# Interpretation of universal coefficients theorem for group cohomology

Suppose $$G$$ and $$A$$ are abelian groups (I'm setting $$G$$ abelian to keep the discussion simple, though there are analogues for non-abelian $$G$$) with $$G$$ acting trivially on $$A$$. By the universal coefficients theorem, we have short exact sequences for all positive integers $$n$$:

$$0 \to \operatorname{Ext}^1(H_{n-1}(G;\mathbb{Z});A) \to H^n(G;A) \to \operatorname{Hom}(H_n(G;\mathbb{Z}),A) \to 0$$

In the case $$n = 2$$, this becomes:

$$0 \to \operatorname{Ext}^1(G;A) \to H^2(G;A) \to \operatorname{Hom}(H_2(G;\mathbb{Z}),A) \to 0$$

The surjection $$H^2(G;A) \to \operatorname{Hom}(H_2(G;\mathbb{Z}),A)$$ has a nice interpretation:

$$H_2(G;\mathbb{Z})$$ is the Schur multiplier of $$G$$, which (since $$G$$ is abelian) is the exterior square of $$G$$, so $$\operatorname{Hom}(H_2(G;\mathbb{Z}),A)$$ is the alternating bilinear maps from $$G$$ to $$A$$. The mapping $$H^2(G;A) \to \operatorname{Hom}(H_2(G;\mathbb{Z}),A)$$ is the "skew" mapping; it sends a 2-cocycle $$f:G \times G \to A$$ to the function:

$$(x,y) \mapsto f(x,y) - f(y,x)$$

Even without prior knowledge of the universal coefficients theorem, this short exact sequence makes sense: one can check that the skew of a 2-cocycle for an abelian group is alternating and bilinear, and the mapping descends to cohomology classes because any 2-coboundary is symmetric. The kernel of the mapping corresponds to symmetric cohomology classes, which corresponding to the abelian extension groups, given precisely a $$\operatorname{Ext}^1(G;A)$$. In group extension terms, the image of a given element of $$H^2(G;A)$$ under the skew map describes the commutator map of the extension group.

My question is: what's an analogous concrete interpretation for higher $$n$$?

I'm listing below some references with generalizations of the above to non-abelian $$G$$ and varietal generalizations:

• John Burns and Graham Ellis, On the nilpotent multipliers of a group, Math. Zeitschr. 226 (1997) pp. 405–428 doi:10.1007/PL00004348.

• C. R. Leedham-Green and Susan McKay, Baer-invariants, isologism, varietal laws, and homology, Acta Mathematica 137 (1976) pp. 99–150 doi:10.1007/BF02392415 (ResearchGate copy).

Pages 135–139 (37–41 in the pdf) describe a generalization of universal coefficients to varietal laws (where the usual universal coefficients is with respect to abelian groups inside groups).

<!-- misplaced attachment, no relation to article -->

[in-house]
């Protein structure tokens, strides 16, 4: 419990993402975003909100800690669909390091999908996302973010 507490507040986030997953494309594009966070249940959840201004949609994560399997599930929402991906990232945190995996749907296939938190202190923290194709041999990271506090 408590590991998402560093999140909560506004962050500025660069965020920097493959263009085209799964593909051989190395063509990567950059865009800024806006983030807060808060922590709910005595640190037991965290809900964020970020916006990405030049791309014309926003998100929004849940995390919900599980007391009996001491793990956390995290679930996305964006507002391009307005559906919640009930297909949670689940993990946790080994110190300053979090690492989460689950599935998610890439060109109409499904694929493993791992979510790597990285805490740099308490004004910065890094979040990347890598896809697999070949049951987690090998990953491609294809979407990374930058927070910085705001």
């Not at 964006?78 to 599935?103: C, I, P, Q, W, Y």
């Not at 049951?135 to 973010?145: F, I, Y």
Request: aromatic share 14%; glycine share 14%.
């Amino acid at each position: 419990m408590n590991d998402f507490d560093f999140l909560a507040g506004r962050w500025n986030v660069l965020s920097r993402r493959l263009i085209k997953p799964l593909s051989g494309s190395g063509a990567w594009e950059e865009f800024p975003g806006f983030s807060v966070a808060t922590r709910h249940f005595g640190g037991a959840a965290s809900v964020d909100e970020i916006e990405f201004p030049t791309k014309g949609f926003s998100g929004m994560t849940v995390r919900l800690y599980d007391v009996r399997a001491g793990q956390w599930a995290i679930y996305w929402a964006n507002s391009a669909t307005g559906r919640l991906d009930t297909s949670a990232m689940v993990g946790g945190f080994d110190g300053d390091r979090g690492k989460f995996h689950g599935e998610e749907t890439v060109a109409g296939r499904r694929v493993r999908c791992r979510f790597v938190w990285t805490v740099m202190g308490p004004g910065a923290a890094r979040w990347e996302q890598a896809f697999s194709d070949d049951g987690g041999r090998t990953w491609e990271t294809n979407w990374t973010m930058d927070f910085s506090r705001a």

• Have you tried assuming that $G$ is finite cyclic, so that cohomology is $2$-periodic? The isomorphism $H^q\cong H^{q+2}$ is given by an explicit cup-product so you might deduce something...but that's only a guess. – Filippo Alberto Edoardo Jun 28 '12 at 10:56
• Noting here: the original version of the question had the wrong statement of the universal coefficients theorem for general n (correct for n = 2 though) -- I fixed it today morning. I had said "Ext^{n-1}(G^{ab},A)" and the correct term is "Ext^1(H_{n-1}(G;Z),A)" – Vipul Naik Jun 29 '12 at 3:12

## 1 Answer

This is an extended-comment, but I think no:

In homology, we know that $H_1$ is abelianization, $H_2$ is Schur multiplier, but $H_{n\ge 3}$ is ???
In cohomology, $H^1(G;A)$ is split extensions, and this fits well with $Hom(G,A)$ in the UCT. As you mention, $H^2(G,A)$ corresponds to group extensions of $G$ by $A$, and this fits well with $Hom(H_2G,A)$ in the UCT. But as we see, this all ties in to knowing $H^n(G;A)$ and $H_n(G;A)$ very well...

If we look at $H^3(G;A)$ we get crossed module extensions $0\to A\to N\to E\to G\to 0$, and these are cumbersome. We have no nice interpretation for $H^n(G;A)$ for $n>3$, except more crazy-looking exact sequences. This is why I don't expect a "nice" map (i.e. "interpretation" of it) in the UCT to arise.

• Let me say that what you describe as 'cumbersome' and 'crazy' looks to me (and to many others) as very elegant and natural constructions. – Fernando Muro Jun 29 '12 at 16:08